2011 Roar Santa Lucia Highlands Pinot Noir

SKU #1125234 90 points Robert Parker's Wine Advocate

 Looking at the Pinot Noirs, which as a whole have beautiful, savory aromas and flavors with bright acidity, the 2011 Pinot Noir is a beautiful, upfront and friendly effort that has classic wild strawberry, underbrush and toasted spice aromas and flavors as well as a medium-bodied, fresh and well textured mouthfeel. Clean, classically constructed and balanced, it should evolve gracefully for another 4-5 years, although I see no reason to delay gratification. Drink now-2019. (JD)  (8/2013)

90 points Stephen Tanzer's International Wine Cellar

 Deep red. Fresh cherry and dark berry aromas are complicated by notes of cola and woodsmoke. Chewy and precise on the palate, offering bitter cherry and blackberry flavors and an zesty note of peppery spices. Closes smoky and long, with a hint of bitter chocolate and youthful tannic grip. (JR)  (11/2013)

Wine Spectator

 Exhibits a graceful mix of subtle plum, blueberry, spice and mineral that builds slowly and engagingly, ending on a delicate note. Drink now through 2019. (JL)  (8/2013)

K&L Notes

Named for the sounds of the coastal winds and mountain creeks of the Santa Lucia Highlands, Roar was launched in 2003 by Gary and Rosella Franscioni. The duo, along with Gary Pisoni and Adam and Dianna Lee of Siduri wines, helped catapult the Santa Lucia Highlands to fame with phenomenal high-scoring, vineyard-designated wines from Rosella's and Garys' Vineyards (the Franscionis co-own the latter with Pisoni). Typically not as bombastic as the Garys' Vineyard, this appellation bottling was aged in 46% new French oak for 11 months before bottling. Tasting notes from the winery: "Our 2011 Santa Lucia Highlands Pinot Noir opens with the most inviting, fresh, young Pinot nose of Christmas spice, carbonic notes and wet gravel. On the palate firm tannins and good acidity carry black cherry, sweet rhubarb and berry notes through to the earthy, loamy finish."

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Price: $39.99
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Pinot Noir

- One of France's most legendary grapes and the grape that earned Burgundy its reputation. The parent of varietals like Pinot Gris/Grigio and Pinot Blanc, Pinot Noir is blue to violet to indigo in color with relatively thin skins, and it is said to have been cultivated in France for more than 2,000 years. At its best, Pinot Noir creates elegant wines that are filled with primary red fruit aromas and flavors while young, revealing with an array of secondary characteristics like earth, smoke, violet, truffle and game with age. The varietal is also known, perhaps better than any, for its ability to translate terroir, or a sense of place. While the best Pinot Noir still comes from Burgundy, it is being produced with increasing success in cooler climates around the world. In France, it is part of the trifecta of grapes that can go into Champagne, and it is also grown in Alsace, Irancy, Jura, Savoie, Lorraine and Sancerre. Outside of France it is produced under the names Pinot Nero and Blauburgunder in Italy's mountainous regions, as Spätburgunder in Germany and as Blauburgunder in Austria. In the US, Pinot Noir has found suitable growing conditions in the cooler parts of California, including Carneros, the Russian River Valley, the Anderson Valley, the Sonoma Coast, Monterey County, the Santa Lucia Highlands and Santa Barbara County, as well as in Oregon's Willamette Valley. In recent years, New Zealand has demonstrated its ability to interpret this hard-to-grow varietal, with successful bottlings coming from careful and attentive growers in Central Otago, Martinborough and Canterbury. Chile is also an up-and-coming region for Pinot Noir, creating fresh, fruit-forward, early-drinking and affordable Pinots from the coastal Casablanca Valley and the Limari Valley.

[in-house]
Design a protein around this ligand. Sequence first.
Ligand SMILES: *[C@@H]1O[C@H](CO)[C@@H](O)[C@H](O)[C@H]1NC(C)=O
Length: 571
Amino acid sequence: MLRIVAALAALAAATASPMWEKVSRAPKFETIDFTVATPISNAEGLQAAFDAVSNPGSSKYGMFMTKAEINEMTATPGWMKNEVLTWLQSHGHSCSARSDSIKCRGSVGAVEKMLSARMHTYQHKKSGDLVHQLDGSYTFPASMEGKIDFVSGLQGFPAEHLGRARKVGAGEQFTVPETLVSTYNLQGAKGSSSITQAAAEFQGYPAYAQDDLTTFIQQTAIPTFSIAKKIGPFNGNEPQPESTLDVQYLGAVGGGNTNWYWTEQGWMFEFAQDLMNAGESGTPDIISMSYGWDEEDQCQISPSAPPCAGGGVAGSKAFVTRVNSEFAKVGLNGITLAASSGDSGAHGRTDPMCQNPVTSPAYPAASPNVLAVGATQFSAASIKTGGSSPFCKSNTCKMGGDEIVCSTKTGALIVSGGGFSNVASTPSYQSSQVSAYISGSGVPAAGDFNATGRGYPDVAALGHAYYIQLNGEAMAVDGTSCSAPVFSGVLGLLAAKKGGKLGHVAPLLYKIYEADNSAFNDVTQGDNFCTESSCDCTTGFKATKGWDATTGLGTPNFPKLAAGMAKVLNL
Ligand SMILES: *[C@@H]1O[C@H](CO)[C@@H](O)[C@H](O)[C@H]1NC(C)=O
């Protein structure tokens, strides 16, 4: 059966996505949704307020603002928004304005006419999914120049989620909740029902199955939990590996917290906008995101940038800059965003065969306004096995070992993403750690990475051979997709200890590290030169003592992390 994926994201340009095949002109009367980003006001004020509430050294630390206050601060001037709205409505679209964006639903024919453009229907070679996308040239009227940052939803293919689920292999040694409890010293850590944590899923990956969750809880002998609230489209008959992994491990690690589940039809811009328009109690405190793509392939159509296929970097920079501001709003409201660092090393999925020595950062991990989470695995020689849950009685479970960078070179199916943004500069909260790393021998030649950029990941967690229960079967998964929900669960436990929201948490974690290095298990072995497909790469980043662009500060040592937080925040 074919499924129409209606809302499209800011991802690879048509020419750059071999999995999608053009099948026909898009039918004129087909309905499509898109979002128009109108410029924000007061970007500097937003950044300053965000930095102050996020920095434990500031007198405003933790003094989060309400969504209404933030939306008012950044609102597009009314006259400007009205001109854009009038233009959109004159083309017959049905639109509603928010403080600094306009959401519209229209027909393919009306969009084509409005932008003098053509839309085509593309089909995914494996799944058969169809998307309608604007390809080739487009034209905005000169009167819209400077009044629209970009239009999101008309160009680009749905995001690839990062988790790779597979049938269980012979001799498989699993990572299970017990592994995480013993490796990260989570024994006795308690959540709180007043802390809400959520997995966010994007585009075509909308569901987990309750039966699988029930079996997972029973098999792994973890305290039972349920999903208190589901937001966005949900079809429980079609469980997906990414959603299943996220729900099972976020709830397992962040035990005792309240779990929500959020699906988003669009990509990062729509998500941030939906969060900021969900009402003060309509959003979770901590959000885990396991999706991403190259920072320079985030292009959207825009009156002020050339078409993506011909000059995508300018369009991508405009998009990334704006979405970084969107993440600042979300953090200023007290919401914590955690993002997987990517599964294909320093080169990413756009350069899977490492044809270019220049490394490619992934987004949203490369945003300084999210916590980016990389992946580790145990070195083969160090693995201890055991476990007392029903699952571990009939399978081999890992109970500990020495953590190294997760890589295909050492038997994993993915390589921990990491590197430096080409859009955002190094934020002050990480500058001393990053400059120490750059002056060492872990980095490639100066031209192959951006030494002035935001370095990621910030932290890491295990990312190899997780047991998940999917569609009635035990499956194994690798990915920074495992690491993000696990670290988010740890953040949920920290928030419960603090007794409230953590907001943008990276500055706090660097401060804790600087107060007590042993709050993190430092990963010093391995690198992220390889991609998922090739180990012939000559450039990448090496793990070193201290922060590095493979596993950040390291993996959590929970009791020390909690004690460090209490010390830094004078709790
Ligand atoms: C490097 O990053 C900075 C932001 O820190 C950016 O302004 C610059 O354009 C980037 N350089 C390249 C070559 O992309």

United States

- When people consider domestic wine, they normally think about the state of California. The fine viticultural Region within California, including the Napa Valley, Sonoma, Santa Cruz Mountains, Mendocino and Santa Barbara, are capable of growing grapes of world-class quality. But there's plenty of fabulous wine coming from other states, too. Oregon, Washington and New York are also causing eyebrows (and glassware) to be raised around the world. Click for a list of bestselling items from the United States.


- With the explosive growth that California's wine industry has seen the past several years, it's easy to view winemaking and grape growing in the Golden State as a recent phenomenon. And while it's true that California's viticultural history is brief compared to several European countries, this state's roots date back well over 200 years. Due to the enormous response to California wine within the United States and worldwide, there are thousands of excellent and diverse wines being produced within the state each year. For our entire selection of California wines, please visit this link.
Specific Appellation:

Santa Lucia Highlands